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Activities you can to do with dogs - Canine Frisbee

What is Canine Frisbee?

Canine FrisbeeŽ, Frisbee Dogs, Disc Dogs, or Canine Disc as it also sometimes called, is fundamentally a very simple activity. You throw a plastic disc and the dog catches it and returns it to you. We know that there are literally thousands of closet Frisbee dogs across Australia waiting to be discovered. If you have a dog that likes playing fetch with a stick or tennis ball then you can expect that your dog can easily be transitioned to catching Frisbees. Dogs especially love Frisbees because the disc can hover in the air a long time and they are very challenging for the dog to catch. Playing Frisbee with your dog can be a great way to help keep your dog healthy and stimulated both physically and mentally.


Apryl & EZ Ryder.

Canine Frisbee is a very popular sport overseas, including in the US where there have been organized competitions for almost 30 years. The sport is also booming in Japan where there are now more than 3,000 competing teams. More recently, canine disc has become a popular recreation in the Netherlands, Germany, Canada, and other countries especially throughout Europe and Central and Latin America.

In Australia, the sport is being coordinated by the newly formed Australian Canine Disc Association (ACDA). ACDA is the sanctioning body for the sport in Australia and is providing a cohesive framework for the national development of the sport. At the ACDA website you can subscribe to the K9 DISCussion, an Ezine that will keep you up-to-date about Australian competition and training opportunities.


Joelle & River.

Before learning to play Frisbee with your dog it is important that you are pro-active about ensuring the health and well-being of your dog. Injuries in Canine Frisbee are surprisingly rare, especially if you use your common sense. There are some simple rules you should follow in order to protect the safety of you and your dog and ensure enjoyable play sessions.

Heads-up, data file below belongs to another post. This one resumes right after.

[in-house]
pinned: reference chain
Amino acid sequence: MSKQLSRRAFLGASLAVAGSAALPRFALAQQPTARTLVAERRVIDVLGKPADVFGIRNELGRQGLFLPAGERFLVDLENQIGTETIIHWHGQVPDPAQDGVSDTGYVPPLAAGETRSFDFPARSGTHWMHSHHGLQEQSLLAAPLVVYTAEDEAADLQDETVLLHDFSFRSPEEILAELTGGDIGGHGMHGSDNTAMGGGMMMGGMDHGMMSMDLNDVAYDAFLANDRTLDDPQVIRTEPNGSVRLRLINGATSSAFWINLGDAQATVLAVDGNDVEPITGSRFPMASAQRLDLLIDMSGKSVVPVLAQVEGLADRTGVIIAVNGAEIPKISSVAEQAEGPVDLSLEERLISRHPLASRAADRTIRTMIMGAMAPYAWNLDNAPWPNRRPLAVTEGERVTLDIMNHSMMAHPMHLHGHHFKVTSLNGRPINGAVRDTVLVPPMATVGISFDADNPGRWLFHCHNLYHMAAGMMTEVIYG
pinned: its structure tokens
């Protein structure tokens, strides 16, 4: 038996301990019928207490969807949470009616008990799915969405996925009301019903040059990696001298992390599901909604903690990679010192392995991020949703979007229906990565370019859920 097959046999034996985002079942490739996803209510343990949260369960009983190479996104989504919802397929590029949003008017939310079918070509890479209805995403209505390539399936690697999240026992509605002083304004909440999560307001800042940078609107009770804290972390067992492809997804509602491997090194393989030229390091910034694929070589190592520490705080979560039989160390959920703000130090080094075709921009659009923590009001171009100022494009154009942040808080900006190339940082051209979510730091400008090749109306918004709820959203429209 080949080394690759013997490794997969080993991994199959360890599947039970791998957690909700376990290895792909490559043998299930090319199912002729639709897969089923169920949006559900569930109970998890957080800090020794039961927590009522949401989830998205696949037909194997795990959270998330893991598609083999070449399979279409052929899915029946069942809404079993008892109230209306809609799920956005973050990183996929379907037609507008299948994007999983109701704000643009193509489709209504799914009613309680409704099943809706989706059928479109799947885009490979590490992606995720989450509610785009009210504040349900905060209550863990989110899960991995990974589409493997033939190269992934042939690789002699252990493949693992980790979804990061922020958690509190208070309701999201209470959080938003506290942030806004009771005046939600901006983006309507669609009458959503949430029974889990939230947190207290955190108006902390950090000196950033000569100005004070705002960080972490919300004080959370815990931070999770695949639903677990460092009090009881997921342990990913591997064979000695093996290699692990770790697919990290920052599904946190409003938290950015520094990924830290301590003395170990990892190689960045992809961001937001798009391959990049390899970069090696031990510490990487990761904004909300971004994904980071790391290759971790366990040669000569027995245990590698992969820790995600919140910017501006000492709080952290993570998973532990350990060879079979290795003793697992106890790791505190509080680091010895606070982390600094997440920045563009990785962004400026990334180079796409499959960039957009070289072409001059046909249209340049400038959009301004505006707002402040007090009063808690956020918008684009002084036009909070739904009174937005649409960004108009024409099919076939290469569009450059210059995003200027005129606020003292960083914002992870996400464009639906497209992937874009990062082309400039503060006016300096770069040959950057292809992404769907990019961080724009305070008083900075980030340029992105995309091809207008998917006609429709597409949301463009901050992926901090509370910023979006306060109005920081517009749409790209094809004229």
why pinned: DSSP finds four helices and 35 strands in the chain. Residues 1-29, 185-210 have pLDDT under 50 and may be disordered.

Always play on a high-quality well-grassed flat field without holes or other potentially dangerous areas. Do not throw near fences, trees or other obstructions. Do not throw a disc where two or more dogs might both chase it. Only play during the day or in brightly lit areas.

Know your dog's limitations, and be cautious. For example, if your dog cannot be trusted off-leash then only play with them in your backyard or other secured areas. Avoid any potential complications by only playing in areas where your activity will not interfere with others and where you won't attract the attention of other dogs.

Always play with a safe undamaged disc. Several varieties of flying discs, including some specifically marketed for use with dogs, are not good choices for safe play. Be selective in avoiding discs that are very rigid or have any sharp edges. Do not leave your dog alone with the disc because they may decide to eat it and this could be dangerous to your dog's health.

Also, do not allow your dog to become very possessive of the disc and never allow the dog to act aggressively when you have your hand on the disc. The disc is a retrieval item not a tug toy, and tugging games with the disc can be counter-productive to the retrieval game, especially with driven dogs. Like all types of training, you should control when and how the activity is played.

There are three basic skills for playing Frisbee: Throwing, Catching, and Retrieving. With all of these skills you need to train the dog in a deliberate manner using an abundance of praise and positive reinforcement so that your dog knows that playing Frisbee is a fun activity.

Any advanced tricks should not be attempted until after the basics have been mastered. Advanced tricks can include different types of throws using a variety of grips and releases, multiple catches in quick succession, and jumping over or off the handler's body to catch the disc.


Steven & Alex

It is expected that clubs will form in many of the populated areas of Australia over the next few years. If you are interested in contributing to the organisation of a new club please contact ACDA. The Association will not be running any events itself and is ready to provide a lot of help in establishing new clubs. The first club was formed in 2003 and is called the Brisbane And Region K9 Disc Club (BARK).


Lourdes & Stryker.

Canine Frisbee is a fun activity that can be extremely beneficial in challenging the mental and physical energy of dogs, especially active herding breeds that require a job. Canine Frisbee is often a good companion (and reward) activity for dogs involved in other dog sports. In fact, proven agility and Flyball dogs have routinely become awesome Frisbee dogs as well, and vice-versa. There is a wealth of information about other dog sports on this website and I encourage you to find and participate in activities that are fun for you and your dog.

If you want to know more about Canine Frisbee in Australia please contact ACDA for details about upcoming events in your area.

# Information submitted by
Damian Noud
President Australian Canine Disc Association (ACDA)
Email:damian@frisbeedogs.asn.au
http://www.frisbeedogs.asn.au

*Photographs supplied by Karen Noud and cannot be used without permission. FrisbeeŽ is a brand name and trademark of Wham-O, Inc.


Nick Joseph Christina & Christian.

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